Additionally, there is no information on — and little formal representation of — persons with disabilities who are members of nomadic or pastoralist communities, though these communities are often discussed in relation to peacebuilding efforts. And whereas persons with disabilities may struggle to seek refuge from conflict, climate change-related disasters now pose parallel threats — often in the same contexts.
Persons With Disabilities: A Source of Peacebuilding Solutions
Persons with disabilities can be — and have been — the source of solutions in peacebuilding initiatives. Participants in the roundtable emphasized that persons with disabilities are some of the strongest advocates in building peace, especially after experiencing violence themselves.
Nay Lin Soe from Myanmar emphasized that persons with disabilities can often be knowledgeable about how best to address violence — meaning OPDs should involve themselves as much as possible to make sure all programs are inclusive of everyone. For example, other participants noted that many survivors of landmines, particularly those in Colombia, have become activists even after the violence of armed conflict ends.
Persons with disabilities can also play a major role in building bridges across conflict contexts. Support and activism around disability rights can serve as a unifying issue even when parties are otherwise at odds. Participants emphasized that these connections need to be explored more — as well as funded. From Northern Ireland, to Georgia, to the Balkans, disability activists have already been doing the work to bridge these divides and work toward peace.
To that end, as part of the 2022 Global Disability Summit, USAID committed to implement key disability-inclusive peacebuilding practices. This includes: supporting persons with disabilities and their organizations as they respond to conflict and violence in their communities; further understanding the barriers to women with disabilities’ meaningful participation in peacebuilding; and building internal staff capacity around disability inclusion. Alongside this effort, USIP has recently initiated a program to increase the participation of persons with disabilities throughout USIP’s programming, generate knowledge and best practices on how to support and build the capacity of OPDs in peace processes and encourage greater disability inclusion in the broader peacebuilding field.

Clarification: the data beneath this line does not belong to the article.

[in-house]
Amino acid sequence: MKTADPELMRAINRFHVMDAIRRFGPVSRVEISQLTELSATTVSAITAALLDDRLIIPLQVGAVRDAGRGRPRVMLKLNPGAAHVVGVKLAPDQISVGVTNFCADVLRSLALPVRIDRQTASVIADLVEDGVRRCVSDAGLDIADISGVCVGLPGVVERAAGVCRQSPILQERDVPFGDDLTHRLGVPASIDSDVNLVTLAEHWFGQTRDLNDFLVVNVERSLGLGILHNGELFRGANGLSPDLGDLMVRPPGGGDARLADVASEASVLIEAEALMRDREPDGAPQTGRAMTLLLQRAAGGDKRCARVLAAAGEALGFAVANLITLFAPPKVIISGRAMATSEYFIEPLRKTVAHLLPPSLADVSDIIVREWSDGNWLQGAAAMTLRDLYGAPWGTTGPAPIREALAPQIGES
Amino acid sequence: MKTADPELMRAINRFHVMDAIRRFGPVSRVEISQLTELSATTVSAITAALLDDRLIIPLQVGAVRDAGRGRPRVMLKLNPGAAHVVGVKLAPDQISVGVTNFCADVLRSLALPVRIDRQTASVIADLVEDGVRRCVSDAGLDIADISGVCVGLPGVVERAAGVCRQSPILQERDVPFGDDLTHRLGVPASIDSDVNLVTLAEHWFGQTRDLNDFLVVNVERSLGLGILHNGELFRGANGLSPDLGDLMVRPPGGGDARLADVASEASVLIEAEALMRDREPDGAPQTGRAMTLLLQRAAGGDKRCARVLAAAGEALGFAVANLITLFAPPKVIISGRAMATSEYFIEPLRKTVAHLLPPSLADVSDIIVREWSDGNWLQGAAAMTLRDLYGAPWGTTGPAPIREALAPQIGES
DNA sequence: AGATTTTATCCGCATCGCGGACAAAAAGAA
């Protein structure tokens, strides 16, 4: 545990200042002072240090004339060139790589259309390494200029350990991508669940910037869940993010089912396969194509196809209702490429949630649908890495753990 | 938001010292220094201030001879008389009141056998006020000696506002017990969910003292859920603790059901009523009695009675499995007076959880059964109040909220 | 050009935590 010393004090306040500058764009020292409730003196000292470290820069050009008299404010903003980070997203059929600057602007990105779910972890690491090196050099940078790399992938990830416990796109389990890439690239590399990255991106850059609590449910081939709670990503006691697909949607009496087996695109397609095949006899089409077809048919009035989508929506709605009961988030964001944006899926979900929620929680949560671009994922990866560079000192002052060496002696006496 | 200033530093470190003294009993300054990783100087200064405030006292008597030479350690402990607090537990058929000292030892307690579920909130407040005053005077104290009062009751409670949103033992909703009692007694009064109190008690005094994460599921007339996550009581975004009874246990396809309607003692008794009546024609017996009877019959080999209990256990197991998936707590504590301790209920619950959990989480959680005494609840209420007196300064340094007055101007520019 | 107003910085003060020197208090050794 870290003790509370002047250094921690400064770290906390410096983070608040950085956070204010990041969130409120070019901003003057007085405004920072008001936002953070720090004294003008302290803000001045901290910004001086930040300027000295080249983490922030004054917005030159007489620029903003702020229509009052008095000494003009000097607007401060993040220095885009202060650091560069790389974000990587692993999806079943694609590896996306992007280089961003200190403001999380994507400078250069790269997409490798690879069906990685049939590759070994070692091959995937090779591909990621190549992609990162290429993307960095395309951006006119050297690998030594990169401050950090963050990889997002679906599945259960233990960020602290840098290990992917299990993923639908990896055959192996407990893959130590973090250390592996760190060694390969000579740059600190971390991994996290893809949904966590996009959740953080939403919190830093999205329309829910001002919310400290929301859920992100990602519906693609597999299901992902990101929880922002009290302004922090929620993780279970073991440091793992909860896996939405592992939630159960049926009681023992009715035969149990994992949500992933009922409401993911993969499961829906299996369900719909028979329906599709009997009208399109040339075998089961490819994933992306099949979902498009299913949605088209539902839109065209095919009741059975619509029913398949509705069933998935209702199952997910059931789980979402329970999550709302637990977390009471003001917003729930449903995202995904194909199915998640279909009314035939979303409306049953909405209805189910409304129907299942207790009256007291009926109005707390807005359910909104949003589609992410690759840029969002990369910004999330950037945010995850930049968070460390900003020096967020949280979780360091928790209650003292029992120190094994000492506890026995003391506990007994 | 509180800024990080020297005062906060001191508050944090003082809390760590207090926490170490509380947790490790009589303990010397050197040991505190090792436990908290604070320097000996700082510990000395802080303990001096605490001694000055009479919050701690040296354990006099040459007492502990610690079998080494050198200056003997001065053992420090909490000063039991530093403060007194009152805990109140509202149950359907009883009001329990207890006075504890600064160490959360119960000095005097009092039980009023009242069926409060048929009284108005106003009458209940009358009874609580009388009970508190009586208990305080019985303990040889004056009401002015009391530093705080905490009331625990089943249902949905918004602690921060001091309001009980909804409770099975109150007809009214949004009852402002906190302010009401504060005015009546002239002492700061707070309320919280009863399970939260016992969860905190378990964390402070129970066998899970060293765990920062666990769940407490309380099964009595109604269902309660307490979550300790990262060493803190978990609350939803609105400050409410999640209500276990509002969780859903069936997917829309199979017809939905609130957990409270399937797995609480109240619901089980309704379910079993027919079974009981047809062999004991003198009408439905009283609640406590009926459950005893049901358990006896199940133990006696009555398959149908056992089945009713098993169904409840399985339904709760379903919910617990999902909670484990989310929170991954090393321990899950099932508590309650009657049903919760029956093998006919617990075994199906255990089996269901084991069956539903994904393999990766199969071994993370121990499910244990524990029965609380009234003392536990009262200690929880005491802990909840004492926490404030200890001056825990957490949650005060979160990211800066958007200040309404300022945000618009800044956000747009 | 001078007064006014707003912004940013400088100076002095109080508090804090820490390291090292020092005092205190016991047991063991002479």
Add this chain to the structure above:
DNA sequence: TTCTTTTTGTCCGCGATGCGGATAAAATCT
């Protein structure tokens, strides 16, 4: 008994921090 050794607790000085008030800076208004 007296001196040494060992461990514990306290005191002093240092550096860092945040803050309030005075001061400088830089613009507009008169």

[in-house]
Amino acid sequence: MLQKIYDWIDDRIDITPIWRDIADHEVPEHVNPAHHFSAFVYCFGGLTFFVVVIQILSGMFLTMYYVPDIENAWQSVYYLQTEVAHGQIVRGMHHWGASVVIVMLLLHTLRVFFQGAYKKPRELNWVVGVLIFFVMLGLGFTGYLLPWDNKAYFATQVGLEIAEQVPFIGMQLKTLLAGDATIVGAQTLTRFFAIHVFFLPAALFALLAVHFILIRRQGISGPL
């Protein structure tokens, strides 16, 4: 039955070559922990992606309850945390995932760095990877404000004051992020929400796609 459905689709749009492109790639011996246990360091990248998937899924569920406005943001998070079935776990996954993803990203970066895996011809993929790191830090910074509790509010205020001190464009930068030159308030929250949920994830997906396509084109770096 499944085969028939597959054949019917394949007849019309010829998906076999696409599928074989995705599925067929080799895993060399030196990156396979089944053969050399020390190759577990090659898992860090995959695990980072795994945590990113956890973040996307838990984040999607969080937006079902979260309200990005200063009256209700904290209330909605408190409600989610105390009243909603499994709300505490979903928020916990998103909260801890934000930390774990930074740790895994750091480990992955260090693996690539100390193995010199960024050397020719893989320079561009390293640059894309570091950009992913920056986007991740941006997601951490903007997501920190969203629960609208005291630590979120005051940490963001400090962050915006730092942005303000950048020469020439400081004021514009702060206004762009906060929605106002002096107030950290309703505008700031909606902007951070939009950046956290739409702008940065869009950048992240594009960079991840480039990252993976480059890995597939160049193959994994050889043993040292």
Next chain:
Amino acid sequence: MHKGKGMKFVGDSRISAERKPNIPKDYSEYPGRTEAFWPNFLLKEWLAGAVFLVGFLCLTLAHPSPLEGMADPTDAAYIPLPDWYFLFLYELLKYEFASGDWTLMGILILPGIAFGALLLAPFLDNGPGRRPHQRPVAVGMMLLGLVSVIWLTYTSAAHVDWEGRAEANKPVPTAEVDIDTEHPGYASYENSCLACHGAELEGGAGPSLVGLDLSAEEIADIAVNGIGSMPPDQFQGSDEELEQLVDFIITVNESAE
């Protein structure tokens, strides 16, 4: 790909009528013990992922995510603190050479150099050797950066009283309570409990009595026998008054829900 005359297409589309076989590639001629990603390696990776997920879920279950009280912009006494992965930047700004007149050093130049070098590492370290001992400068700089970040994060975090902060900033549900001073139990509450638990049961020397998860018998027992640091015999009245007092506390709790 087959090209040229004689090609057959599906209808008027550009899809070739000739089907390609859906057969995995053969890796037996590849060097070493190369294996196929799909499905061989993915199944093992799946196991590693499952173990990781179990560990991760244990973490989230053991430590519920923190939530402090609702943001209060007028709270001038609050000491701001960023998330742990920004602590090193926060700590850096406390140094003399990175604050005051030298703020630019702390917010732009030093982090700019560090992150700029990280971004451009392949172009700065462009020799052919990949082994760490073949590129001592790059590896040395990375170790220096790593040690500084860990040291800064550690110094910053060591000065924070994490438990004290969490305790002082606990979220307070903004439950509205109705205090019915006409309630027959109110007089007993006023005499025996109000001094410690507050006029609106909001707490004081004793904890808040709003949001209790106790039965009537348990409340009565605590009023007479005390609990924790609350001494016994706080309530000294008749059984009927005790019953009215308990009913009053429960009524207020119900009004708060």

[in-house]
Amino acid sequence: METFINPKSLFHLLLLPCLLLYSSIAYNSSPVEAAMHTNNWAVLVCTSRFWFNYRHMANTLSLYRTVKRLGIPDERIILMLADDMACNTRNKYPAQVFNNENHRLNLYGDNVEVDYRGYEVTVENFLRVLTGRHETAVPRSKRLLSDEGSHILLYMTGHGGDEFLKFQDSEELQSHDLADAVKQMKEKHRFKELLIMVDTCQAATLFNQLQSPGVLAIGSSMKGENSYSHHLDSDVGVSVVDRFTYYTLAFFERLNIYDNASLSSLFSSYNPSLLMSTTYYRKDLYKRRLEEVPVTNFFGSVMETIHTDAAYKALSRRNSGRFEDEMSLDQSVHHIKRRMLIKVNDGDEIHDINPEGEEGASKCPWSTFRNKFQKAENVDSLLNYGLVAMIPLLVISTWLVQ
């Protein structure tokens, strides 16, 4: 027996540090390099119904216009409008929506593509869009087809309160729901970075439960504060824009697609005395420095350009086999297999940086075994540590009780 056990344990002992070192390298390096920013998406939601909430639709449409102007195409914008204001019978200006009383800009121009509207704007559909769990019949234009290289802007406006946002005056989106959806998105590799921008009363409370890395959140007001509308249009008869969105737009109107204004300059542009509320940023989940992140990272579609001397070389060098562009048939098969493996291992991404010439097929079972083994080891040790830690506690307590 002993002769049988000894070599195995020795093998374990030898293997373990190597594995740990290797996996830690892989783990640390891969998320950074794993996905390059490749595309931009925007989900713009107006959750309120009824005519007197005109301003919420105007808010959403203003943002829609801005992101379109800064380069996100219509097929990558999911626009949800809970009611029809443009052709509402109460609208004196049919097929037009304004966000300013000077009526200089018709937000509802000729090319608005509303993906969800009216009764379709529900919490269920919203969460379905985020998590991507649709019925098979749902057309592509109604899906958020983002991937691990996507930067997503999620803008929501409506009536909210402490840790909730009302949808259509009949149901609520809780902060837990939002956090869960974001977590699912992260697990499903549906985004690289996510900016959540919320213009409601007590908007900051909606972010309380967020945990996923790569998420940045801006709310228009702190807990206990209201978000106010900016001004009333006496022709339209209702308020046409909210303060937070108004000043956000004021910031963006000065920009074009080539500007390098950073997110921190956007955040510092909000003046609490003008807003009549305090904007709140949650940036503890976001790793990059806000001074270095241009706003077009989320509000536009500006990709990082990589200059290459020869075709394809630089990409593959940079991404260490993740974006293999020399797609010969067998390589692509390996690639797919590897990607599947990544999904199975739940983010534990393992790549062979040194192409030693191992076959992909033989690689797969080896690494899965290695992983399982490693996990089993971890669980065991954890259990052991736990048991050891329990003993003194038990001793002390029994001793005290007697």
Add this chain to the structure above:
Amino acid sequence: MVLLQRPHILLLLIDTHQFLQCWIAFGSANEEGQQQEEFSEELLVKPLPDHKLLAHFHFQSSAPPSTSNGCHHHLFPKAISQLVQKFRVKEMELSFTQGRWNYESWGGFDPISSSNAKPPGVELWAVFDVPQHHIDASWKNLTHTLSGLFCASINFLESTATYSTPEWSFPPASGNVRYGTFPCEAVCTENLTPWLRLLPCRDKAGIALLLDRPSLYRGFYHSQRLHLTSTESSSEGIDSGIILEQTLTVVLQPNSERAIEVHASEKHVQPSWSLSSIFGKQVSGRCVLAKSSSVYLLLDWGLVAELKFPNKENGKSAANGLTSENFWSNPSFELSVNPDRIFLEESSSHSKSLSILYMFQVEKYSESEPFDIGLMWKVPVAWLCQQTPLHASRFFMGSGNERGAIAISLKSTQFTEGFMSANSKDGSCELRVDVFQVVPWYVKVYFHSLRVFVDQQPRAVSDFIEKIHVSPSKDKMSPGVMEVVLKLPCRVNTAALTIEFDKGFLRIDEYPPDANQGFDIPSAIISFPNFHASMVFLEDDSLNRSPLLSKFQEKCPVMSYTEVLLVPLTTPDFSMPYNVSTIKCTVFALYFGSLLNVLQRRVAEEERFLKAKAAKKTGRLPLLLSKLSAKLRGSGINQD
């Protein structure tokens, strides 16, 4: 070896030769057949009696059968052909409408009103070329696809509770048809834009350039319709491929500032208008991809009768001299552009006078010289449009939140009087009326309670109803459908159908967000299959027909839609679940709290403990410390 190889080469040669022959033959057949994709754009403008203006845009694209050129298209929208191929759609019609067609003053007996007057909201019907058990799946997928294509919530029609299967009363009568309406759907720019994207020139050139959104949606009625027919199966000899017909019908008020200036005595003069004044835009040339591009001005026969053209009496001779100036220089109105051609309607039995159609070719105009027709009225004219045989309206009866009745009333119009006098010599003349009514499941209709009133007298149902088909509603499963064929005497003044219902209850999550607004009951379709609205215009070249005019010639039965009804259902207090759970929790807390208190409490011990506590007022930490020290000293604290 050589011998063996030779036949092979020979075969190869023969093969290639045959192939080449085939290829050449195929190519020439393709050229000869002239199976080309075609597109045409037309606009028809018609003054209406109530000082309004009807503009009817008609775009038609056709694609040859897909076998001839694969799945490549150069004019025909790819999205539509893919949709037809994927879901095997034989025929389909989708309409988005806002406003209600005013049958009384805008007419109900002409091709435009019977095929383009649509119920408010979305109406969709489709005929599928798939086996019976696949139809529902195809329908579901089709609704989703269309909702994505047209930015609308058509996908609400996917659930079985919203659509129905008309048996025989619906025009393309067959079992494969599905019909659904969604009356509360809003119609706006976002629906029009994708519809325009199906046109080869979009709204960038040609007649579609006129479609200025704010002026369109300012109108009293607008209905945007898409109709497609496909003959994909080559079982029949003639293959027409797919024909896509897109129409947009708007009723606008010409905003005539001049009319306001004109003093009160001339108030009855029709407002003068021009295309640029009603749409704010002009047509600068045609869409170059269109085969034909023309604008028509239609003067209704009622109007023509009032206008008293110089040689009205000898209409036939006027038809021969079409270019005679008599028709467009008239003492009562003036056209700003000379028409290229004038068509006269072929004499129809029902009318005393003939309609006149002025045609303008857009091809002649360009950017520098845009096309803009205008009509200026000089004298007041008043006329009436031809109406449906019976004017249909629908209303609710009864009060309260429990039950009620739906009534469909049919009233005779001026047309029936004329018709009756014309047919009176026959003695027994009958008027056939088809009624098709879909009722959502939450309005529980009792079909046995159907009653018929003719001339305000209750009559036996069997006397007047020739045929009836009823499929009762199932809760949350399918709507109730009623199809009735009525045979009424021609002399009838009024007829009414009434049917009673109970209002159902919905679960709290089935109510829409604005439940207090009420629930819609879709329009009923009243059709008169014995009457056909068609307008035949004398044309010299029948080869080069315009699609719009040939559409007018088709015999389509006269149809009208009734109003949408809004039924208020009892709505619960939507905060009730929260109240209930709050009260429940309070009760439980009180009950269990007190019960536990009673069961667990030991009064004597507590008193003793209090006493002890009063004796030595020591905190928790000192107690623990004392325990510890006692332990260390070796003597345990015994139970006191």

For both USAID’s and USIP’s efforts, as well as those of the broader peacebuilding field, there are key takeaways that are vital to ensuring persons with disabilities are included in mitigating conflict, preventing violence and ensuring inclusive peace processes:
- Emphasize accessibility upfront in any program or process through adequate financial support to OPDs and the provision of reasonable accommodations for physical, information, and communication accessibility.
- Recognize that solutions for accessibility from the Global North may not always be financially viable or culturally appropriate in lower- and middle-income contexts. Listen to local OPDs and integrate their knowledge of both the context and the disability community into any peacebuilding initiative.
- Bridge the divide between the different peace and security movements that address the challenges of women, youth and persons with disabilities in conflict. This includes collecting data across the different intersections.
- Lastly, recognize the positive role that persons with disabilities can have in affecting change in conflict-affected contexts and post-conflict reconstruction. Protection needs are often vital — but shifting the paradigm to recognize the strategic advantage of OPDs to advocate for peace and security will ensure that no one gets left behind.
Rashad Nimr is the inclusive peacebuilding advisor for the U.S. Agency for International Development's Center for Conflict and Violence Prevention.